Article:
If you've never stepped foot on the miles of padded carpeting housed within the Las Vegas Convention Center for the annual SEMA Show, then you probably follow the web and social updates that pop up throughout the entire week. Whether you call it automotive F.O.M.O. or genuine curiosity, you do your best to keep up with the build debuts, parts releases, and general happenings from the world's biggest aftermarket gathering. And while you're sifting through all of that content, if you're like most, you're probably shaking your head at some of the builds that you're positive were either never fully completed or will never, ever see the light of day after the week's activities fizzle out.
That can certainly be said for some displays in Vegas, sure, but there are those that have big plans after the weeklong affair—plans that include endless wrench time and plenty of track miles. Take this S2000, built by Evasive Motorsports, for example. The downright offensively aggressive aero and towering rear wing aren't entirely uncommon these days for street, track, and show cars, but the additions made to Honda's iconic roadster were put in place for a purpose other than grabbing people's attention.
This version is the first of its kind, a collaborative effort between Evasive and Japanese aero gurus Voltex Racing. The latest version of Evasive's S2K is dubbed EVS2-V4, a progression of sorts as the tuning group has dirtied their hands in just about every possible S2000 configuration over the years and spent much of their time testing, sorting, and developing on the track.
This newly debuted Voltex Racing Circuit Version II aero is about as extreme as it gets with a massive, extended front splitter that sits just below their traditional bumper. The front fenders widen the arches considerably, leave quite a bit of open space behind the front wheels, and "swoop" downward toward the side skirts that unabashedly jut out from the body in extreme fashion. From about the center portion of the side diffusers, a new angle takes over and again pushes outward but leads to a rear quarter panel that carries even more girth, uses vents both high and low on its rear, and all of the angular cuts and transitions culminate in a carbon rear diffuser that pushes well beyond the factory bumper dimensions. Now, we know you've seen some big wings out there perched on the back of various cars in your neck of the woods, but this Voltex wing is bigger. How big? Trust us, it's just bigger.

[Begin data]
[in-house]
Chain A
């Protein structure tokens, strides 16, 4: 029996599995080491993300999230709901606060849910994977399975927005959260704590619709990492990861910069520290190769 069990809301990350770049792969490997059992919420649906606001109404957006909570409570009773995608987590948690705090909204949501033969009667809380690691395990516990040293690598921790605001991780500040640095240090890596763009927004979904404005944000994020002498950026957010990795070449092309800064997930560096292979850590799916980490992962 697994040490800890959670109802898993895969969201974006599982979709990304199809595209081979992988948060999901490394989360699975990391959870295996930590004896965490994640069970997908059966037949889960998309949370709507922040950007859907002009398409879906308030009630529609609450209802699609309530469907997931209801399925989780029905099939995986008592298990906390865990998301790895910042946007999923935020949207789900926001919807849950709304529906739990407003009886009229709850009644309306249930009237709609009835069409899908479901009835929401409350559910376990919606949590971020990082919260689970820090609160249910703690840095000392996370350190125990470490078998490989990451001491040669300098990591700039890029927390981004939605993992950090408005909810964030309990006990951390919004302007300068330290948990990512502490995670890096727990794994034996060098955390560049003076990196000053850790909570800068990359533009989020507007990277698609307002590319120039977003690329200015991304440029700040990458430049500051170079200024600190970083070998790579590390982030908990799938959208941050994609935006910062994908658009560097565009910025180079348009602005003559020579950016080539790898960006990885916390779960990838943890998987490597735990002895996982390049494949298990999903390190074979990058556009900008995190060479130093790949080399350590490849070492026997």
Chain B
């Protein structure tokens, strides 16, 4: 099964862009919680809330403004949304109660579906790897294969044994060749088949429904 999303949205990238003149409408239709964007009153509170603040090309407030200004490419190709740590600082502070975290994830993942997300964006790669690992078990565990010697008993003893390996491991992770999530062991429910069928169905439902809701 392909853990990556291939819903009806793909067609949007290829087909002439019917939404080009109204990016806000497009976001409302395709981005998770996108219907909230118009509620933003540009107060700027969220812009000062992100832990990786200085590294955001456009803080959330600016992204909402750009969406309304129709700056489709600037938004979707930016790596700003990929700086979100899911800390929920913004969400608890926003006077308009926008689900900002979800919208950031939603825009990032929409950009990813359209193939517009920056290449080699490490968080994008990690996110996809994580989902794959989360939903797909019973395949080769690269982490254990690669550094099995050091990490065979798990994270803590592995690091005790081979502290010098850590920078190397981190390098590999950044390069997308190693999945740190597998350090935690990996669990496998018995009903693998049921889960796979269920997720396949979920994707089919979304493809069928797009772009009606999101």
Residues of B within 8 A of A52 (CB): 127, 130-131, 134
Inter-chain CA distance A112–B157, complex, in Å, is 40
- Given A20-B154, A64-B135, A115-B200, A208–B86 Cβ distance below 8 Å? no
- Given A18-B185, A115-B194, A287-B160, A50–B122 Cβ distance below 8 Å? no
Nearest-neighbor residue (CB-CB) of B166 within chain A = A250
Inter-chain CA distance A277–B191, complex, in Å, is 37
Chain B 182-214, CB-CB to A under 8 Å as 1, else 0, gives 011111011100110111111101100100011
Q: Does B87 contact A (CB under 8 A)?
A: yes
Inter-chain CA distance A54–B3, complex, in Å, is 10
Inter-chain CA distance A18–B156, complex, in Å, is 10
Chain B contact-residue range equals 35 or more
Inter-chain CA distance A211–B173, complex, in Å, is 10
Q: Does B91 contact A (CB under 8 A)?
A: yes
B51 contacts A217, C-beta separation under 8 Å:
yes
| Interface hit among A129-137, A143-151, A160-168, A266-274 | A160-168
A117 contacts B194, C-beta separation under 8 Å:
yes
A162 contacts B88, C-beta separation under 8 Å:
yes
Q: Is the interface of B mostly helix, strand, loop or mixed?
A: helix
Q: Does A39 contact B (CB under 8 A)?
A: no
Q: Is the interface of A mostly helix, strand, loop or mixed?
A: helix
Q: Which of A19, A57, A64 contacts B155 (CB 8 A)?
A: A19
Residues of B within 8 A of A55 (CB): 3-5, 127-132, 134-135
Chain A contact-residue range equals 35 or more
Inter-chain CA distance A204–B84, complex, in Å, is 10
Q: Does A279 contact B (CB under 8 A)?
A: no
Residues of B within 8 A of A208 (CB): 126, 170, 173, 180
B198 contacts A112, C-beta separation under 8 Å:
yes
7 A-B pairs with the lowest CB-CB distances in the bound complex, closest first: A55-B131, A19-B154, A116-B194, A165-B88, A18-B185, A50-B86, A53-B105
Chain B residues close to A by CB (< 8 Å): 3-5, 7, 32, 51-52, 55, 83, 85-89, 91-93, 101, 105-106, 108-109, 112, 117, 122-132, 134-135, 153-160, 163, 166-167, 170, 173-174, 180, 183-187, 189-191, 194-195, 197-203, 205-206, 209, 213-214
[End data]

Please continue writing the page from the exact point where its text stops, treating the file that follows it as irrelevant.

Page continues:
Those with a keen eye will pick up on the carbon fiber mirrors that attach to the factory mirror mounting points but feature a sculpted base with nicely sized mirror that had many asking when and how much.
You may have seen this mirror style used before on Porsche motorsports cars, like this IMSA Weathertech competitor spotted on the show floor. The mirrors used at SEMA were merely 3D printed prototypes but based on the feedback from show attendees, it feels like Evasive has to eventually offer these under their EVS Tuning line. Shouts of "take my money" could be heard throughout SEMA week anytime someone spotted the additions.
Under the heavily vented dry carbon hood sits an F-series engine that's been reworked with a Toda 2350 stroker kit that includes their crank, rods, and Defric coated pistons to bring displacement up to 2.35L (see video for engine bay images). Add to that an HKS GT8550-based supercharger kit and the power equation is taken care of. To help transfer that power properly, OS Giken provided their 7-speed sequential transmission.
All the power in the world and the wildest aero don't mean a thing without proper suspension and tires, and Evasive went with Moton Motorsports dampers and Advan A050 rubber wrapped around Advan TC-4 rollers.
Evasive Motorsports' EVS2-V4 sat front and center in the Mackin Ind. booth during SEMA week and did exactly what it was supposed to do: wow show goers while pulling them into the booth for a closer look at all that Mackin has to offer. With those duties now fulfilled, Evasive is set to begin track testing their latest version S2000 in early 2019 and we can't wait to see it in action.